―with Uche Ezenwa-Ohaeto

Something sits on my heart like night sits on day:
A verdant lush too heavy to pass through my throat.
In one night, rivers redden where bone-rubble, limbs float.
Here, mother is a name for a woman whose children do not return home after nightfall.
And stories grow inside mouths as bombs are feasts falling like raindrops.
Here, father is an open wound; his head a mosaic of bullet holes.
My heart is weighed down by dead butterflies. And wingless crickets.
The ventricles of my home are fields filled with dead bodies.

My heart is a cave harboring shelves
Of losses: like children’s bones buried in the sands;
Like herdsmen’s bullet holes found in skulls; like families’ tears for those
Wallowed by uncontrolled flood; like villages fed with grief
For their farms strangled by oil spillages.

Each time I look about me and see the clusters
Of deaths, I am hurt. Yet my hands, slender
As prayers, fondle the soft rustle of hope.

Chinua Ezenwa-Ohaeto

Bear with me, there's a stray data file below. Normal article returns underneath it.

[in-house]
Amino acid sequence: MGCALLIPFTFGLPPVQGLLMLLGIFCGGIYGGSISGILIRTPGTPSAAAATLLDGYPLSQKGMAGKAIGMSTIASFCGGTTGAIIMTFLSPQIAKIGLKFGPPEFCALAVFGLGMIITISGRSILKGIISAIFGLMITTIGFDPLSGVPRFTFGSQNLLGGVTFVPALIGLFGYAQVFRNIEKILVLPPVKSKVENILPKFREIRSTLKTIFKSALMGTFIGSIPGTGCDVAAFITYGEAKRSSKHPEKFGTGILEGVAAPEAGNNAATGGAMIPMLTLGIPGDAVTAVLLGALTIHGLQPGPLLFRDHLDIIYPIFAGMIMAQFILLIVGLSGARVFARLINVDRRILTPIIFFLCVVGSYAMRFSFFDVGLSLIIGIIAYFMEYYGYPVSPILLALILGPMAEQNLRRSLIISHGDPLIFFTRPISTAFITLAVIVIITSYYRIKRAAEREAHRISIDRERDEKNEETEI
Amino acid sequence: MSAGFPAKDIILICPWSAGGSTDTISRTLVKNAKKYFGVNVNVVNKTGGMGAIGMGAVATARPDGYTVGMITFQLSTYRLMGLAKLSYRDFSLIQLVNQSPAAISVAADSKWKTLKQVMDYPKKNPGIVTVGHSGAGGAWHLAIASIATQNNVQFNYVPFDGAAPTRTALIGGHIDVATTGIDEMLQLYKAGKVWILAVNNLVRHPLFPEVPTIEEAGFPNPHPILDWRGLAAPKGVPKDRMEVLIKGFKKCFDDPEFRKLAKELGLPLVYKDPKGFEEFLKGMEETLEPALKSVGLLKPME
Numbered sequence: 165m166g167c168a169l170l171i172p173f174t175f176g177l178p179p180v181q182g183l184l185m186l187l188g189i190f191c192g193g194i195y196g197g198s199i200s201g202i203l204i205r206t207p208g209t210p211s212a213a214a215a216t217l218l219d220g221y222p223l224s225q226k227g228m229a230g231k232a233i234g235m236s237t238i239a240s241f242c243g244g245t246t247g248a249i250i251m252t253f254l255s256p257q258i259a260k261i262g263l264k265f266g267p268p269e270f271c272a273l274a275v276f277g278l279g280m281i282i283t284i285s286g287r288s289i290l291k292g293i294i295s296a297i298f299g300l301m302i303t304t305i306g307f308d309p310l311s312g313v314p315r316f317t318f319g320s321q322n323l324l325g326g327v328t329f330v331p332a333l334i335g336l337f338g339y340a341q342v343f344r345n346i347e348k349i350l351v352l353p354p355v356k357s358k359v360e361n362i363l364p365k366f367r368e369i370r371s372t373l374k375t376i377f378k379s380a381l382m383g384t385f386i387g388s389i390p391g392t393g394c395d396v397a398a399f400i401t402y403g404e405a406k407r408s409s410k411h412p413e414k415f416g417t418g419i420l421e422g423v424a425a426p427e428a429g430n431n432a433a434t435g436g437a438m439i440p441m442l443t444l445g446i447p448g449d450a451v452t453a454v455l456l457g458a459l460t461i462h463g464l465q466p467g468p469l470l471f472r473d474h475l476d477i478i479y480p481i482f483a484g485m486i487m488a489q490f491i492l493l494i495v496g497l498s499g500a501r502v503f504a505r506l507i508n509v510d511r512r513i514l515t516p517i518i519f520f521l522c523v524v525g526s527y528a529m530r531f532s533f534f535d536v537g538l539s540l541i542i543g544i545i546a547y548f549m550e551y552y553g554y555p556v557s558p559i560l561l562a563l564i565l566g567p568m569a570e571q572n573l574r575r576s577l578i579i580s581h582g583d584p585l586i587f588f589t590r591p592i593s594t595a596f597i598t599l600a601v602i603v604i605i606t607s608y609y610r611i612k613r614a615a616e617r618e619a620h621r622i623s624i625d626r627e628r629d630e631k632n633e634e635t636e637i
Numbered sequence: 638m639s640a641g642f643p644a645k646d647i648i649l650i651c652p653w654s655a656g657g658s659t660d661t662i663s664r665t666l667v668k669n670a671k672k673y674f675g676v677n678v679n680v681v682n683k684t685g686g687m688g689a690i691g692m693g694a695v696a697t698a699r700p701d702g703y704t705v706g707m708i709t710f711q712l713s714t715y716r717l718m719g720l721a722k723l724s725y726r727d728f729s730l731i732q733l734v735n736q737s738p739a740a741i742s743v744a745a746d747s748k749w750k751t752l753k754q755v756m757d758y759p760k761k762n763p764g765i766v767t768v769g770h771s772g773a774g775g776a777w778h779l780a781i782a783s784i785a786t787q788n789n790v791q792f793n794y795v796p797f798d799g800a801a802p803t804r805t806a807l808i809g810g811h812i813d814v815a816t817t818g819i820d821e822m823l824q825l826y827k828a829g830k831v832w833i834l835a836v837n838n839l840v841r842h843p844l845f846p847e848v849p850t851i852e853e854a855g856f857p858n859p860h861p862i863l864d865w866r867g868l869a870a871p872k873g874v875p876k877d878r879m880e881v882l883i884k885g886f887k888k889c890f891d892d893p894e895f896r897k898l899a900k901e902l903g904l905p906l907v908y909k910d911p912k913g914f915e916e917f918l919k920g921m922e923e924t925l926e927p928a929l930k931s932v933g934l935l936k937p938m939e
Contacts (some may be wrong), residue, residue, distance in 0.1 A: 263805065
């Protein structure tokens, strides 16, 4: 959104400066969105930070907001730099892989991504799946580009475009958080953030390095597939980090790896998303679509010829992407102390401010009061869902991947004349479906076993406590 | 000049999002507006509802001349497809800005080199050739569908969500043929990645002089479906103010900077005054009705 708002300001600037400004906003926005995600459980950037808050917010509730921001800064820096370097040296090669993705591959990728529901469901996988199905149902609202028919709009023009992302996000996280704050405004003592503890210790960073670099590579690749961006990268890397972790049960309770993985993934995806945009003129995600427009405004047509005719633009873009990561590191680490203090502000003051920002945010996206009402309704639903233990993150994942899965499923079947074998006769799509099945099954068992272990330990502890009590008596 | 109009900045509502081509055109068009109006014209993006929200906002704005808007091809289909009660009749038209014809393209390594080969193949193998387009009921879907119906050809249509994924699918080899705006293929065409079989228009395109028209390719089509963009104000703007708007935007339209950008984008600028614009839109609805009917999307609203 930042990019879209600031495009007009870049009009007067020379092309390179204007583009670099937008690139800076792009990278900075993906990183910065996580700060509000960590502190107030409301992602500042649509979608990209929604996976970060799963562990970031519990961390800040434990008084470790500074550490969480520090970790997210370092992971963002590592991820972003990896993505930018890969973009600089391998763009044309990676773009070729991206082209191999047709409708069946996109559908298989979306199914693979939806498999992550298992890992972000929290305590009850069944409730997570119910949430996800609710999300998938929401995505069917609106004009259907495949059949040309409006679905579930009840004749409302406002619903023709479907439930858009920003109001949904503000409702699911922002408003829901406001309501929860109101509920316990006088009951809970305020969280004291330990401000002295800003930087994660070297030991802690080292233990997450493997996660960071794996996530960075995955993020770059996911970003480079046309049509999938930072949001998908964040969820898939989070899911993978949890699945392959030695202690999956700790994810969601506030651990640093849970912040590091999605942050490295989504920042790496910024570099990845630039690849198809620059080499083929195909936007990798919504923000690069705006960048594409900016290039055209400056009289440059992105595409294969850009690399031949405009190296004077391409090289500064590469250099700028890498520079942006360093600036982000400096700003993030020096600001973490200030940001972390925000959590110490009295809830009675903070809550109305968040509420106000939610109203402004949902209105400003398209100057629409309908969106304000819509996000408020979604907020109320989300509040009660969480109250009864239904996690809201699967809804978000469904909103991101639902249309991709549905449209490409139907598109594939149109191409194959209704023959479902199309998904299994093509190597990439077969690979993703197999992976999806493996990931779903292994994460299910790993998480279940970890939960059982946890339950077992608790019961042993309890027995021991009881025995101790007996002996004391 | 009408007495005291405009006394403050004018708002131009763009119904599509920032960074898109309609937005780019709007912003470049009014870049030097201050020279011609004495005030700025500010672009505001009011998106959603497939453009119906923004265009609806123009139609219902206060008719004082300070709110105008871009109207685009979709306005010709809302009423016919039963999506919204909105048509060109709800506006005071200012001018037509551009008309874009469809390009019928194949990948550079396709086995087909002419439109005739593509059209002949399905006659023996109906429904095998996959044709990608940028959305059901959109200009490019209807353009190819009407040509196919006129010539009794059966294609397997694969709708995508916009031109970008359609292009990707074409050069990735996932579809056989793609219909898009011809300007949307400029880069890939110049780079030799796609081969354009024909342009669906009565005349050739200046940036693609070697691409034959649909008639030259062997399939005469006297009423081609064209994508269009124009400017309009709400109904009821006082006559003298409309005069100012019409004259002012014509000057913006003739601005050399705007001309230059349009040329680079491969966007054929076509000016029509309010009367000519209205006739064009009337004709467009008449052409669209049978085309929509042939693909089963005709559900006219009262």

Chinua is from Owerri-Nkworji in Nkwerre, Imo state, Nigeria and grew up between Germany and Nigeria. He has a Chapbook, The Teenager Who Became My Mother (Sevhage Publishers). He became a runner-up in Etisalat Prize for Literature, flash fiction (2014). He won the Castello di Duino Poesia Prize for an unpublished poem (2018), which took him to Italy. He was the recipient of New Hampshire Institute of Art’s 2018 Writing Award, and also the recipient of New Hampshire Institute of Art’s 2018 scholarship to its MFA Program. In 2019, he was the winner of Sevhage/Angus Poetry Prize and second runner-up in 5th Singapore Poetry Contest. He won the First Prize in the Creators of Justice Literary Award, Poetry category, organized by International Human rights Art Festival, New York (2020). His works have appeared in Lunaris Review, AFREADA, Poet Lore, Rush Magazine, Frontier, Palette, Malahat review, Southword Magazine, Vallum, Mud Season Review, Salamander, Strange Horizons, One, Ake Review, Crannòg magazine, The Question Marker and elsewhere.

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